Why the SP-BSP alliance is key to 2019
The Samajwadi Party(SP)-Bhaujan Samaj Party (BSP) alliance in Uttar Pradesh (UP) could alter the nature of the 2019 election. It is not hard to see why. The road to Delhi, as the cliché goes, lies though Lucknow. By winning 71 of the 80 seats on its own, and 73 with allies, the Bharatiya Janata Party’s (BJP) sweep in 2014 has a lot to do with its success in the state. A substantial dip here will diminish the BJP’s prospects and alter the arithmetic of the next Lok Sabha.
But what has driven the alliance, what are its possibilities, what are the challenges ahead for both Akhilesh Yadav and Mayawati, and where does the Congress fit in? Once again, it is easy to grasp that the sheer logic of political survival has brought the erstwhile rivals in UP together. Ms Mayawati has now lost three consecutive elections — two in the state (2012 and 2017) and the last Lok Sabha polls (2014). Mr Yadav suffered a tremendous blow in both 2014 and 2017. Both recognised that the anti-BJP votes were getting fragmented between them and the continuous squabble with each other could lead to political extinction. By tentatively allying together in the bypolls of 2017, the SP-BSP smelled blood and recognised the potential of their partnership. The pressure from below also pushed them together. Mr Yadav’s decision to be respectful of Ms Mayawati’s seniority and stature has helped too.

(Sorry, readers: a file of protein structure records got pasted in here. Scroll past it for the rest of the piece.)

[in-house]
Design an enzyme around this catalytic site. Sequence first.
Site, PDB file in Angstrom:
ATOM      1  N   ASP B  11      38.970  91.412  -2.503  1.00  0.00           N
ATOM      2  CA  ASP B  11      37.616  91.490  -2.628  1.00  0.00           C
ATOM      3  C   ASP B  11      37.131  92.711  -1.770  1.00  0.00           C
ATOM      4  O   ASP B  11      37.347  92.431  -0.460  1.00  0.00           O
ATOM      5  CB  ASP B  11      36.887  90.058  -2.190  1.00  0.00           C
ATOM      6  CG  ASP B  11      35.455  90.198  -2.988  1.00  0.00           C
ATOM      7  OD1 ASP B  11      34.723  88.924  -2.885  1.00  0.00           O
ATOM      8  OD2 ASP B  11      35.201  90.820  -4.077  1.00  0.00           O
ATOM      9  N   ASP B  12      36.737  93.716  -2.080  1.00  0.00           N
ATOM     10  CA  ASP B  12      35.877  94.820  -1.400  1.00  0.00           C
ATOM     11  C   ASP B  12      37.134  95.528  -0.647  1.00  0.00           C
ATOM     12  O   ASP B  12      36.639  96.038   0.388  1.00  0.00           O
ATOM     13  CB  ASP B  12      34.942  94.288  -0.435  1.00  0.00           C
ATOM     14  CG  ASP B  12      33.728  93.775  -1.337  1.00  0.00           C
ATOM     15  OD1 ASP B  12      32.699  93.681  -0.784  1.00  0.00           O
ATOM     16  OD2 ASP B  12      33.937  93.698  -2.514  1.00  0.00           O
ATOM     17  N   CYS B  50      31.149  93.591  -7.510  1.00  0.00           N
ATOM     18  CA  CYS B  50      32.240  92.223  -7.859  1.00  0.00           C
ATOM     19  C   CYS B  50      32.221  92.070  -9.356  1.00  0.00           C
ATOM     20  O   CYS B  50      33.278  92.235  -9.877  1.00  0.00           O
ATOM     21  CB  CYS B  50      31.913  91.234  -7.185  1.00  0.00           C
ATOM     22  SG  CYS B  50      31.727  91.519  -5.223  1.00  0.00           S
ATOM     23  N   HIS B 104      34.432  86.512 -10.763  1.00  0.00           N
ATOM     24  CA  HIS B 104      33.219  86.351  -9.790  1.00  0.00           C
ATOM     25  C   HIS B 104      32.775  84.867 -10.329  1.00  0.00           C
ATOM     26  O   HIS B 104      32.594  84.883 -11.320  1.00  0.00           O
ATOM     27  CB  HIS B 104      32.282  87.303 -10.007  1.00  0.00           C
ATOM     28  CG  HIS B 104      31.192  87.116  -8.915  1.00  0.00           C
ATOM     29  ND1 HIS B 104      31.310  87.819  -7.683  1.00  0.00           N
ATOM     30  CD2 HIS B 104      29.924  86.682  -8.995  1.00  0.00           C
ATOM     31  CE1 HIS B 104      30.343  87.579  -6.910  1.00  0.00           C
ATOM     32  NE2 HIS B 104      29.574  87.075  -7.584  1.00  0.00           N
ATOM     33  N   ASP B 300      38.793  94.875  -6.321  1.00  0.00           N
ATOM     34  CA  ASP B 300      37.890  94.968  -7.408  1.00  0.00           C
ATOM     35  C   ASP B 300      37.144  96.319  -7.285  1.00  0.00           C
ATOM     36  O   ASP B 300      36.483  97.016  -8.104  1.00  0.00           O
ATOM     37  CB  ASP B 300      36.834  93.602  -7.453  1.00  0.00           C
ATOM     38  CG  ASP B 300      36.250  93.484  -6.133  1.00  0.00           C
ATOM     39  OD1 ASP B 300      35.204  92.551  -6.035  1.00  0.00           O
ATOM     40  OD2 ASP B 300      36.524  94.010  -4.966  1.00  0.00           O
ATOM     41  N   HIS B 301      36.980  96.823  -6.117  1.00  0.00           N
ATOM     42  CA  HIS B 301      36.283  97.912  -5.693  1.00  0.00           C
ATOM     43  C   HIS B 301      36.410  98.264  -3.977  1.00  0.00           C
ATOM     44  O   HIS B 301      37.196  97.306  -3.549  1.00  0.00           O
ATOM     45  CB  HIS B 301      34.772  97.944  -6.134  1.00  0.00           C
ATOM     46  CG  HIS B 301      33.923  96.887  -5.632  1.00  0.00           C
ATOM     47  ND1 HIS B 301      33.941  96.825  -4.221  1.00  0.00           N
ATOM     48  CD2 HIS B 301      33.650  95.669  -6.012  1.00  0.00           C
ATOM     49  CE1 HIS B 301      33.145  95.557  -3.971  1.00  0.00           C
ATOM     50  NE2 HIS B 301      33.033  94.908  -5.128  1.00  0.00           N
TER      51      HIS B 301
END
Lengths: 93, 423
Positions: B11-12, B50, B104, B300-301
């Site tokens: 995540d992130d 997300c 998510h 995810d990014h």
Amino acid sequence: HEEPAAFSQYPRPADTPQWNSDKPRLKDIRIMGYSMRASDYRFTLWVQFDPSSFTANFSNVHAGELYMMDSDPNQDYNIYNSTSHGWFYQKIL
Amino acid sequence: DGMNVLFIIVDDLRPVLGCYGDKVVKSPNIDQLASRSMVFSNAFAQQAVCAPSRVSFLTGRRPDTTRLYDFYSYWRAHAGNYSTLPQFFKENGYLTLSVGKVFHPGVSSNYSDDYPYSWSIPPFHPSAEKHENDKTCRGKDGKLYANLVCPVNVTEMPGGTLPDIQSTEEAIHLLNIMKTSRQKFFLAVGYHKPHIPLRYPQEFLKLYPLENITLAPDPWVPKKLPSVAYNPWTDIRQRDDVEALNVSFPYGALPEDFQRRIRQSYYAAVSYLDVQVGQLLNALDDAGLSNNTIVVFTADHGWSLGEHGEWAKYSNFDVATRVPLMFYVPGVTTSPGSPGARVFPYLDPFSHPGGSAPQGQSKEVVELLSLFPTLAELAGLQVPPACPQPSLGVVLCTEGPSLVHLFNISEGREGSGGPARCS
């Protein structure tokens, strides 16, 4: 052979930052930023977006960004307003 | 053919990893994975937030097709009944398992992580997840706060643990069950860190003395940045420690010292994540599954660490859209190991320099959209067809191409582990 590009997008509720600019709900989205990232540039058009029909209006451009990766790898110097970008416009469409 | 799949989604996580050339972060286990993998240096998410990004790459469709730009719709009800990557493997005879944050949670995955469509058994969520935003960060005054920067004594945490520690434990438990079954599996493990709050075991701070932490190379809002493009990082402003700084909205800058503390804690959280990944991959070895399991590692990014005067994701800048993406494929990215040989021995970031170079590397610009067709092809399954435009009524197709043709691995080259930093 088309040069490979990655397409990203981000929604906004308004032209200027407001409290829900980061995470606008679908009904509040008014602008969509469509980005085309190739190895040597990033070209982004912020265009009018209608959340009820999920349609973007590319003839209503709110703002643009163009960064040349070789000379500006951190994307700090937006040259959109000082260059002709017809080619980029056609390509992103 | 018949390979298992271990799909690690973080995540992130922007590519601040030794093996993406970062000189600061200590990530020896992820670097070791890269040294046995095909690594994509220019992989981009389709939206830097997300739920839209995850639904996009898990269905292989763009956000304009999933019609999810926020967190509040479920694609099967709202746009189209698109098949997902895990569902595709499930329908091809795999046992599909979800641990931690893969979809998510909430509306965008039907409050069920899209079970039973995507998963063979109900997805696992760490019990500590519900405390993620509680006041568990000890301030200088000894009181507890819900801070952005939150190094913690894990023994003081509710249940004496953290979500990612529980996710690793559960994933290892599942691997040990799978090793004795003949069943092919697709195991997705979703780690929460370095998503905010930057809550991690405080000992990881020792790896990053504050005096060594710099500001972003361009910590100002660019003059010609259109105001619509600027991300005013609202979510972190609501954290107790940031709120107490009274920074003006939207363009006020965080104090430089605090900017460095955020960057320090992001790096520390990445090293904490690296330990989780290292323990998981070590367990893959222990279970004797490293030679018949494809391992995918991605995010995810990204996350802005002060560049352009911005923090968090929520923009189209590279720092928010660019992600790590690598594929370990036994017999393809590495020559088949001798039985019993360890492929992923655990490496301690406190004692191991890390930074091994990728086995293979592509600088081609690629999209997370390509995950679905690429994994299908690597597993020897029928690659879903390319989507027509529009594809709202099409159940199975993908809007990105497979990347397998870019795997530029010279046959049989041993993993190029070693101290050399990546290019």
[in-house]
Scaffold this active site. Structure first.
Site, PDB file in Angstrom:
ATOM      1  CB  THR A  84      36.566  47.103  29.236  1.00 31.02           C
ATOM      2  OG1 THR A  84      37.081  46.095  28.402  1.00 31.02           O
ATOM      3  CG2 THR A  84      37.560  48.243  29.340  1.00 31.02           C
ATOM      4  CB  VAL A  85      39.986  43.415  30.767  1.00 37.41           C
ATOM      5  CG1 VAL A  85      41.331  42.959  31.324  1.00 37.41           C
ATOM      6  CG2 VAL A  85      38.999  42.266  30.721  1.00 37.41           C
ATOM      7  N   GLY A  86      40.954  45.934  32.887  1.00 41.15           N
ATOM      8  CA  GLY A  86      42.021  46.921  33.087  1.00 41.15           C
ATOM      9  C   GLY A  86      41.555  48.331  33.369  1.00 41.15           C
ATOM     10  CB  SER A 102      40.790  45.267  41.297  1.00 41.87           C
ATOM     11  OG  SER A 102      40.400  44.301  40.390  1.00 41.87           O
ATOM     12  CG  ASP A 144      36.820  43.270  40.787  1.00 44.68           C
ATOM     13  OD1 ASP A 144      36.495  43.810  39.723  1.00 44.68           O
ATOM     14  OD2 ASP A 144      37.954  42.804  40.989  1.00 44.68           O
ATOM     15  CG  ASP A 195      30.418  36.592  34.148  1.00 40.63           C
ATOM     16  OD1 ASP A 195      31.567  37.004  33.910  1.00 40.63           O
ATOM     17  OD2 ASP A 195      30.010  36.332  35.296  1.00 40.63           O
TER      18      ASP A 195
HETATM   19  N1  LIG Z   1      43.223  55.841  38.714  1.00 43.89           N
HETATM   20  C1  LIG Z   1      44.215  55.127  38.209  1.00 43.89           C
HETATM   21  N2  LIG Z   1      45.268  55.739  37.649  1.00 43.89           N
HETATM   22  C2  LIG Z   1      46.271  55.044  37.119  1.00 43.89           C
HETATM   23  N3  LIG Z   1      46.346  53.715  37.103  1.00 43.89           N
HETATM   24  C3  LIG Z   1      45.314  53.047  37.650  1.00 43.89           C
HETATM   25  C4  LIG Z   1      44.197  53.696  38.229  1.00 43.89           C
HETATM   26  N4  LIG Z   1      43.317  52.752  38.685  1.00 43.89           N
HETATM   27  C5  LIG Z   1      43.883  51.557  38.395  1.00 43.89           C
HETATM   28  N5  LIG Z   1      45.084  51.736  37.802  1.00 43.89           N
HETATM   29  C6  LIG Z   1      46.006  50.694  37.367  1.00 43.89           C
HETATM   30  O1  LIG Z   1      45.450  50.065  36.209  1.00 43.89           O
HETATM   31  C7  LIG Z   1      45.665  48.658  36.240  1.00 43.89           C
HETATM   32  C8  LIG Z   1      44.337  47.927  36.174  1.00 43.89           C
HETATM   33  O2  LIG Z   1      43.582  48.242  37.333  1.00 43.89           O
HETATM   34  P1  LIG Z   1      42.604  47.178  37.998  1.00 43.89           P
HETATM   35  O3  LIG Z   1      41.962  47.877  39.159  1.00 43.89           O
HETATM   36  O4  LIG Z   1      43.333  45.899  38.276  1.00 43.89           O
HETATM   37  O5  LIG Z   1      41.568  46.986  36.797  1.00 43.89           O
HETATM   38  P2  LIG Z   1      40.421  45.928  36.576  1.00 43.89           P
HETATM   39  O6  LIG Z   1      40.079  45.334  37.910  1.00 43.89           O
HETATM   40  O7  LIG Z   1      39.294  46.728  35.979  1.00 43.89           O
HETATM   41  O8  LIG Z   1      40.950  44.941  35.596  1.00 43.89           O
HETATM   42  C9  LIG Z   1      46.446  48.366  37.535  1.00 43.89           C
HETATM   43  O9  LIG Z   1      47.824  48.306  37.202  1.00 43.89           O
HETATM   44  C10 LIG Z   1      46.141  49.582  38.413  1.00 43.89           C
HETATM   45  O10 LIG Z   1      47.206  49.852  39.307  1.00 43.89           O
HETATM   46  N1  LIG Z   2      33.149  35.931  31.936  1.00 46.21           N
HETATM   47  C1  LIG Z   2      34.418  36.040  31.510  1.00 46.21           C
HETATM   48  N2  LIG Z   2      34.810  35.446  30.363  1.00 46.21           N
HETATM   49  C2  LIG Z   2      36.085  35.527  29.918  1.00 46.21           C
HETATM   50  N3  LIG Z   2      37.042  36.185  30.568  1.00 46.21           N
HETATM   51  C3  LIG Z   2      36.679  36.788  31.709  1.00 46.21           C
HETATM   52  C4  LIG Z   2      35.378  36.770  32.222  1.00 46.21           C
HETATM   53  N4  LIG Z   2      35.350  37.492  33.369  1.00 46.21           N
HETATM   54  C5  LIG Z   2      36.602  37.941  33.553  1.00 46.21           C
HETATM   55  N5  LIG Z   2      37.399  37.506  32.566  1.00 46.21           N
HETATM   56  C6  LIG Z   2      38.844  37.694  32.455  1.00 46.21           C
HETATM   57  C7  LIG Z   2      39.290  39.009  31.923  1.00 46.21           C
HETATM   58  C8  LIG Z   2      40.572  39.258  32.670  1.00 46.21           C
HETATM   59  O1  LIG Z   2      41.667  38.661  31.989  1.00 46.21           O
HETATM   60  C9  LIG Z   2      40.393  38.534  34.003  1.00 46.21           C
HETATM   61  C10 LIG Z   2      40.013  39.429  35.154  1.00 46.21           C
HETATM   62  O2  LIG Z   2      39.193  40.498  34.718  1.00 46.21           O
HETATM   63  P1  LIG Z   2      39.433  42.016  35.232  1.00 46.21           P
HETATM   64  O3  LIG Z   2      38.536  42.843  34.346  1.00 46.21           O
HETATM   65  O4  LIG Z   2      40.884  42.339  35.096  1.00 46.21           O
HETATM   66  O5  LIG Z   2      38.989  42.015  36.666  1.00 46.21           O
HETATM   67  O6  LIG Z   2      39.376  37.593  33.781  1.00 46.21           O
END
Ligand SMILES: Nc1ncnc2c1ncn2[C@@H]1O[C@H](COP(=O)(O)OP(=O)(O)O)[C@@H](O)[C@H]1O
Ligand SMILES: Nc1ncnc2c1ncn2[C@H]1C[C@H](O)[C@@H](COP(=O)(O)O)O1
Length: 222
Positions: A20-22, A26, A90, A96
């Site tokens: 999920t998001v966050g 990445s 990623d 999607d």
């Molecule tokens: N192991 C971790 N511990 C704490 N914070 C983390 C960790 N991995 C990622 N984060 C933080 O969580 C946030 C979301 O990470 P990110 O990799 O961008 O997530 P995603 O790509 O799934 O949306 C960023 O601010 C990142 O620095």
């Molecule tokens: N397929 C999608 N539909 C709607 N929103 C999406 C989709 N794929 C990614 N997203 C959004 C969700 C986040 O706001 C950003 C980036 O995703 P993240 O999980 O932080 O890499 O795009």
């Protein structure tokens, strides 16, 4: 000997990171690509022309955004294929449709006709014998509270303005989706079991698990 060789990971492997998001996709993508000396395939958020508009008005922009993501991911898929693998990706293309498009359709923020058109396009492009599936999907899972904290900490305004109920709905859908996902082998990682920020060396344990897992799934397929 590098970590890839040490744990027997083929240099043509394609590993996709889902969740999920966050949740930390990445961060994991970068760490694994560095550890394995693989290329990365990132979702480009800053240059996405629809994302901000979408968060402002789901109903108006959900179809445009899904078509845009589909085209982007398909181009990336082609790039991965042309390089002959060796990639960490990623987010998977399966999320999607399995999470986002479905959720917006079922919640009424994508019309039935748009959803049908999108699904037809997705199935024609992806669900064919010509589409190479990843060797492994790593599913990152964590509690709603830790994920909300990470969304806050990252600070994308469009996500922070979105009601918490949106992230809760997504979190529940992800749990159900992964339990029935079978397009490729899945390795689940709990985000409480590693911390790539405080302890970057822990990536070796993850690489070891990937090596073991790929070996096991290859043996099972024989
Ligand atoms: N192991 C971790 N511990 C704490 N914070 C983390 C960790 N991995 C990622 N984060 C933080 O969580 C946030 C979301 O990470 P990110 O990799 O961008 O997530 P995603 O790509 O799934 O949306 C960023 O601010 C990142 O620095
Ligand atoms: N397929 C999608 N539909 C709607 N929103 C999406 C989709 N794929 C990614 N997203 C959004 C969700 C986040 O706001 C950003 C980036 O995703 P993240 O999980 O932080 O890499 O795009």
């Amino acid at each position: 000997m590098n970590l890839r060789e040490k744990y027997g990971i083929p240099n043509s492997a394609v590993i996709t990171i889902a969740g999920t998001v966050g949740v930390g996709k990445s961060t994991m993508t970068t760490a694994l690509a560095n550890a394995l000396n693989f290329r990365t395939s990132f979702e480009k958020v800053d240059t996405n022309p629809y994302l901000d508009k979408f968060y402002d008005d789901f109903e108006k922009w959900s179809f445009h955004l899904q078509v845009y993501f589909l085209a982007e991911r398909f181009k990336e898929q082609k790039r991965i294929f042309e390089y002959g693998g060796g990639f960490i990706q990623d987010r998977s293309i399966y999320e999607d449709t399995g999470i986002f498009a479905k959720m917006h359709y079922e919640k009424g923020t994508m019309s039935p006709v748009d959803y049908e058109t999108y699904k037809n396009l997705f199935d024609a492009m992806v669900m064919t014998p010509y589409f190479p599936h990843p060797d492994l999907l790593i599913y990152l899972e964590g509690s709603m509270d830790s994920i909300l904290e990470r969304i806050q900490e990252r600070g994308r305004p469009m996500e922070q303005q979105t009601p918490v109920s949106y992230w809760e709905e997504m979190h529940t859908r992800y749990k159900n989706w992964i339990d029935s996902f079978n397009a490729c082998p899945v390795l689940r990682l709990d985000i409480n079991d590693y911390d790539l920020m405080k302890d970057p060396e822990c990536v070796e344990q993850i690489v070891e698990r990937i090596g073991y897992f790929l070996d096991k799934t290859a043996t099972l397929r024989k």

The alliance could unite three powerful social groups — Yadavs, Jatavs and Muslims — on one side. Many were sceptical if SP votes will get transferred to the BSP and vice versa. The Phulpur and Gorakhpur wins show that Dalit votes are indeed getting transferred to the SP; anecdotal evidence suggests that the Yadavs may be willing to shed their old bitterness and disdain and vote for the BSP too. The alliance vote share will spike if this holds true, and the BJP will need to consolidate all other Hindu social groups behind it to be in the reckoning. That is a tall order.
The Congress was seen as a possible partner in this alliance. But its weak presence in the state meant that neither the BSP nor the SP was willing to concede to the grand old party more than a few seats. The alliance also seems to have calculated that the Congress, by contesting alone, could well split the BJP’s upper caste votes. But the risk here for the alliance is if Muslims end up fragmenting between the two non-BJP formations. More importantly, politics is not just arithmetic. To offset Narendra Modi’s presidential style campaign, the SP-BSP alliance will need to tell UP’s electorate a better story of why voting for it will lead to a better government in Delhi. But they begin with a numerical edge.